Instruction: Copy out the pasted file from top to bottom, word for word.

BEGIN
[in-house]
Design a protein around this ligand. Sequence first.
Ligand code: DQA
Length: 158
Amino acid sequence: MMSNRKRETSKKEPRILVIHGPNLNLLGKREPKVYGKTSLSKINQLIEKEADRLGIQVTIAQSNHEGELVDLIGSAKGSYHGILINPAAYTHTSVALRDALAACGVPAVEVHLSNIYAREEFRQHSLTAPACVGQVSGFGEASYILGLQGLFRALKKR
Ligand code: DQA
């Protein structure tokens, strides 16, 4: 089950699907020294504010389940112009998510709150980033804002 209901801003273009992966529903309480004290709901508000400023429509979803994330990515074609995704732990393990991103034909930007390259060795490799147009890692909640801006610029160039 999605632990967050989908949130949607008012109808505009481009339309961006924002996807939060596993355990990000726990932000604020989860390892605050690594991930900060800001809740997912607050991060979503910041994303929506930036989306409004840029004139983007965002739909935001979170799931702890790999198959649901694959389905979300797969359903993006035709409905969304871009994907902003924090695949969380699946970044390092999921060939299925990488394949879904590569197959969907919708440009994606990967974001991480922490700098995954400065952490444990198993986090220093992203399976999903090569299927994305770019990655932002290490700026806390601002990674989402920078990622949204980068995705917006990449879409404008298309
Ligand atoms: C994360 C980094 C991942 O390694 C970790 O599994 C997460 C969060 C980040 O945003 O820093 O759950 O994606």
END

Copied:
[in-house]
Design a protein around this ligand. Sequence first.
Ligand code: DQA
Length: 158
Amino acid sequence: MMSNRKRETSKKEPRILVIHGPNLNLLGKREPKVYGKTSLSKINQLIEKEADRLGIQVTIAQSNHEGELVDLIGSAKGSYHGILINPAAYTHTSVALRDALAACGVPAVEVHLSNIYAREEFRQHSLTAPACVGQVSGFGEASYILGLQGLFRALKKR
Ligand code: DQA
């Protein structure tokens, strides 16, 4: 089950699907020294504010389940112009998510709150980033804002 209901801003273009992966529903309480004290709901508000400023429509979803994330990515074609995704732990393990991103034909930007390259060795490799147009890692909640801006610029160039 999605632990967050989908949130949607008012109808505009481009339309961006924002996807939060596993355990990000726990932000604020989860390892605050690594991930900060800001809740997912607050991060979503910041994303929506930036989306409004840029004139983007965002739909935001979170799931702890790999198959649901694959389905979300797969359903993006035709409905969304871009994907902003924090695949969380699946970044390092999921060939299925990488394949879904590569197959969907919708440009994606990967974001991480922490700098995954400065952490444990198993986090220093992203399976999903090569299927994305770019990655932002290490700026806390601002990674989402920078990622949204980068995705917006990449879409404008298309
Ligand atoms: C994360 C980094 C991942 O390694 C970790 O599994 C997460 C969060 C980040 O945003 O820093 O759950 O994606």